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Buying Wholesale: The Advantages & Benefits for Your Wallet

Sep 9, 2020

The Advantages & Benefits for Your Wallet There are many benefits of buying groceries, toiletries, and cleaning products in bulk at wholesale stores like Costco, Walmart, Sam’s Club, BJ’s, and more—especially if you’re feeding a family. Buying in bulk can help you purchase your groceries strategically and can even inspire you to meal prep for your family without blowing your budget.

Below, we’ve listed the top four benefits of buying wholesale:

You’ll save both money and time.

Buying in bulk is overall cheaper than buying retail because you’re buying directly from the wholesaler, so you’re not paying for extra fees to support retailers or the cost of excess packaging, which lowers the overall price.

Also, since you’ll be stocking your pantry with larger quantities of food, you won’t have to take as many trips to the grocery store during the week, so you won’t end up impulsively buying items you don’t really need. And if the savings on unnecessary food aren’t enough, fewer trips to the store means less time in the car and less money spent on gas—it’s a win-win-win!

It’s better for the environment.

At wholesale stores, items are packaged together in groups rather than individually; for example, you’d purchase one big back of snacks versus a dozen smaller-portioned bags. Purchasing items in this way means you’re consuming less single-use plastic and packaging waste, therefore reducing your carbon footprint.

If you don’t want to open a big bag of snacks because you don’t think you’ll finish it before it goes stale, you can still portion it out using reusable containers like Tupperware or reusable silicone baggies. Food like nuts and seeds often do not come pre-packaged when shopping wholesale, which means you can mix five types of nuts to make trail mix and only use one container to store it; that’s four plastic containers that you’re not using, which is great for the environment!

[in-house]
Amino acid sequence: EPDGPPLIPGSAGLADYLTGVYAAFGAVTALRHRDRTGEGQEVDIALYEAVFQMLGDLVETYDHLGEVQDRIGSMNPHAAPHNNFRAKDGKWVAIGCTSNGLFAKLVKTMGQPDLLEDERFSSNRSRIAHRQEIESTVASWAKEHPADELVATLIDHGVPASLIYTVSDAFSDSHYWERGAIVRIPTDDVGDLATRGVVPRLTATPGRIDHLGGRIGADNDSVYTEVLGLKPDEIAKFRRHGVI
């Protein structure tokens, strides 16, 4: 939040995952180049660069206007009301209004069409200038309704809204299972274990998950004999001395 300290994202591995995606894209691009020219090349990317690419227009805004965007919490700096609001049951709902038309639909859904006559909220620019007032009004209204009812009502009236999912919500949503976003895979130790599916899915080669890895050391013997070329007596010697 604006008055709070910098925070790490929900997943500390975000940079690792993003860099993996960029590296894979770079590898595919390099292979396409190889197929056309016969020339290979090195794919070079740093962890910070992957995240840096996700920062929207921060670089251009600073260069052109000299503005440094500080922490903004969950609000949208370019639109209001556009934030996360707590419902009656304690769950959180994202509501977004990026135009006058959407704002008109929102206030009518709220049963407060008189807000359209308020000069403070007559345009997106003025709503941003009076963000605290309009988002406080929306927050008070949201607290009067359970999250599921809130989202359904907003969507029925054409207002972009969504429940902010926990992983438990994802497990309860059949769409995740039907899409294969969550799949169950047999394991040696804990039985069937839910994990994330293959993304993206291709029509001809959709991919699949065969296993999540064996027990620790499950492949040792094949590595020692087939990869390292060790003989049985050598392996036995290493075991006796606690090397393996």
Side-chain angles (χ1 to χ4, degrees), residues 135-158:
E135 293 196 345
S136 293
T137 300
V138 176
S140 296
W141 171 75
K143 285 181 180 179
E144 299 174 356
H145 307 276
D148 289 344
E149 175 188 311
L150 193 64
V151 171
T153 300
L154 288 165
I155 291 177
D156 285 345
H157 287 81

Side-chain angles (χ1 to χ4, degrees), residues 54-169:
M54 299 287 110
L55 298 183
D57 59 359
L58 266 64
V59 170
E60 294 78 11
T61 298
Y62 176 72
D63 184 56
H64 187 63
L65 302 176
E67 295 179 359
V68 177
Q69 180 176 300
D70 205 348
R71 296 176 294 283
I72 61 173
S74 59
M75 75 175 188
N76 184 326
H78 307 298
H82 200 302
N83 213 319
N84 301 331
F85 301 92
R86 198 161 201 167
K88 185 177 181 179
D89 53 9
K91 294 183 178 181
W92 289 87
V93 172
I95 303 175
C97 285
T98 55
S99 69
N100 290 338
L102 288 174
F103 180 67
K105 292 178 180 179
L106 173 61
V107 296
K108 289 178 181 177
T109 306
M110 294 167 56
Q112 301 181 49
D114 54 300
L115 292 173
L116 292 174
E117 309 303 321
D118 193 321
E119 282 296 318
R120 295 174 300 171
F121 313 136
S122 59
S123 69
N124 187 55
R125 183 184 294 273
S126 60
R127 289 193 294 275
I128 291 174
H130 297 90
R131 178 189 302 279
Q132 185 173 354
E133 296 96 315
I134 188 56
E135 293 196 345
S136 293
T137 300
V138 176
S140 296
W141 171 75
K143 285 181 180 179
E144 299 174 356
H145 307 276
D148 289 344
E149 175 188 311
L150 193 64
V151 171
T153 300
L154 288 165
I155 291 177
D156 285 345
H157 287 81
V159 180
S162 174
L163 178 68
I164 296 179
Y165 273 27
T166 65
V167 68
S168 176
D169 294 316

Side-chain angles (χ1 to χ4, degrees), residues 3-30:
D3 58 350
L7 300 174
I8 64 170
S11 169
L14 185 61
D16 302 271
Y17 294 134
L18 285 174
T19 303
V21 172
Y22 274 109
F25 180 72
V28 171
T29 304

It’s important to be conscious of what items you are buying in bulk in order to minimize food waste, as large quantities of fresh produce, proteins, and dairy can go bad if you don’t eat it quickly enough. If you do buy too much, consider donating unopened food to your local shelter or offering it to friends or family members before it spoils.

You’ll be able to choose from a wider variety of products.

Shopping wholesale offers you flexibility and variety that your local corner market may not, as there are what feels like an endless number of aisles stocked with a variety of products offered at many different price points.

You also have the freedom to buy a pinch or a pound of food, depending on your needs, as foods like nuts, seeds, candies, and more are available in dispensers rather than packages. This is extremely cost-effective, as you are only paying for the amount of food you want, rather than purchasing individual bags only to eat a handful from each.

It’ll make you a more conscious shopper.

Switching from retail to wholesale will prompt you to reflect on how much of something you actually need and how much material or food waste you would produce if you purchased it. This mindset will subconsciously seep into other areas of your life aside from grocery shopping, and it will help you reevaluate whether or not you actually need something or if you can look for a more sustainable version of the product.

For those who feel like they’re always running to the grocery store to buy more of something or whose pantries are overflowing with half-empty products they don’t need, look into getting a membership to shop at a wholesale store. Buying in bulk is better for the environment, your pantry, and your wallet—give it a try!


Erin Ellis
Accredited Financial Counselor
Philadelphia Federal Credit Union

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